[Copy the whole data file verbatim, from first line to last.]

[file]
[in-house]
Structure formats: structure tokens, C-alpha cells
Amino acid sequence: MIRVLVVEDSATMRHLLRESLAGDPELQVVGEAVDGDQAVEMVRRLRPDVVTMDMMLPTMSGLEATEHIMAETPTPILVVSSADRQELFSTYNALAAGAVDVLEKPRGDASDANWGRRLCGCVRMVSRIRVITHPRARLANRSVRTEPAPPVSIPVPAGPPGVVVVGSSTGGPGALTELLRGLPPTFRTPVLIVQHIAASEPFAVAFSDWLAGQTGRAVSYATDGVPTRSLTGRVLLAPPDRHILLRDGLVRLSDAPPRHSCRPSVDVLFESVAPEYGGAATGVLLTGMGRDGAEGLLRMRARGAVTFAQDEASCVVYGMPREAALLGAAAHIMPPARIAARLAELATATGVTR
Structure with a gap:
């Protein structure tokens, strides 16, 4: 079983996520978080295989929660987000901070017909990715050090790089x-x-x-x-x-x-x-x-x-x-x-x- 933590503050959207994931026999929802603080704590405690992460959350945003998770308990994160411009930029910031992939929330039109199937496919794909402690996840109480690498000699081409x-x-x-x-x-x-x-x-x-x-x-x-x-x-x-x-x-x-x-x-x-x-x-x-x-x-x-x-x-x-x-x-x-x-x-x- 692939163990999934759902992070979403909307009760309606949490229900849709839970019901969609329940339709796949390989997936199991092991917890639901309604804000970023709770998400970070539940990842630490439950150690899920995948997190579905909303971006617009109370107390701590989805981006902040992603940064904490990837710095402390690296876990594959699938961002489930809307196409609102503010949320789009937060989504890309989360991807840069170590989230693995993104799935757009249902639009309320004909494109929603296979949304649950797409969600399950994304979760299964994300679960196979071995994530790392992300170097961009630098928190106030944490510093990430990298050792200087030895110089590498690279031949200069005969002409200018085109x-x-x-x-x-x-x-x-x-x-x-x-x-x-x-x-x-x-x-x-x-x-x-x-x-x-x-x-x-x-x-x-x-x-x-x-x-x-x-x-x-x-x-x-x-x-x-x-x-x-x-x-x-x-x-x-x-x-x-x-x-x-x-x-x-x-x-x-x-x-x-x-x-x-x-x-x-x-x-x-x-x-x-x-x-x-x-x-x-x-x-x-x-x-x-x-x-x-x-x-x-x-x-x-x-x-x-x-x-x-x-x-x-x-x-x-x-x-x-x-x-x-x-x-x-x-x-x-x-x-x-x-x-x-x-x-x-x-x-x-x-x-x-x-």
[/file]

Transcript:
[in-house]
Structure formats: structure tokens, C-alpha cells
Amino acid sequence: MIRVLVVEDSATMRHLLRESLAGDPELQVVGEAVDGDQAVEMVRRLRPDVVTMDMMLPTMSGLEATEHIMAETPTPILVVSSADRQELFSTYNALAAGAVDVLEKPRGDASDANWGRRLCGCVRMVSRIRVITHPRARLANRSVRTEPAPPVSIPVPAGPPGVVVVGSSTGGPGALTELLRGLPPTFRTPVLIVQHIAASEPFAVAFSDWLAGQTGRAVSYATDGVPTRSLTGRVLLAPPDRHILLRDGLVRLSDAPPRHSCRPSVDVLFESVAPEYGGAATGVLLTGMGRDGAEGLLRMRARGAVTFAQDEASCVVYGMPREAALLGAAAHIMPPARIAARLAELATATGVTR
Structure with a gap:
């Protein structure tokens, strides 16, 4: 079983996520978080295989929660987000901070017909990715050090790089x-x-x-x-x-x-x-x-x-x-x-x- 933590503050959207994931026999929802603080704590405690992460959350945003998770308990994160411009930029910031992939929330039109199937496919794909402690996840109480690498000699081409x-x-x-x-x-x-x-x-x-x-x-x-x-x-x-x-x-x-x-x-x-x-x-x-x-x-x-x-x-x-x-x-x-x-x-x- 692939163990999934759902992070979403909307009760309606949490229900849709839970019901969609329940339709796949390989997936199991092991917890639901309604804000970023709770998400970070539940990842630490439950150690899920995948997190579905909303971006617009109370107390701590989805981006902040992603940064904490990837710095402390690296876990594959699938961002489930809307196409609102503010949320789009937060989504890309989360991807840069170590989230693995993104799935757009249902639009309320004909494109929603296979949304649950797409969600399950994304979760299964994300679960196979071995994530790392992300170097961009630098928190106030944490510093990430990298050792200087030895110089590498690279031949200069005969002409200018085109x-x-x-x-x-x-x-x-x-x-x-x-x-x-x-x-x-x-x-x-x-x-x-x-x-x-x-x-x-x-x-x-x-x-x-x-x-x-x-x-x-x-x-x-x-x-x-x-x-x-x-x-x-x-x-x-x-x-x-x-x-x-x-x-x-x-x-x-x-x-x-x-x-x-x-x-x-x-x-x-x-x-x-x-x-x-x-x-x-x-x-x-x-x-x-x-x-x-x-x-x-x-x-x-x-x-x-x-x-x-x-x-x-x-x-x-x-x-x-x-x-x-x-x-x-x-x-x-x-x-x-x-x-x-x-x-x-x-x-x-x-x-x-x-």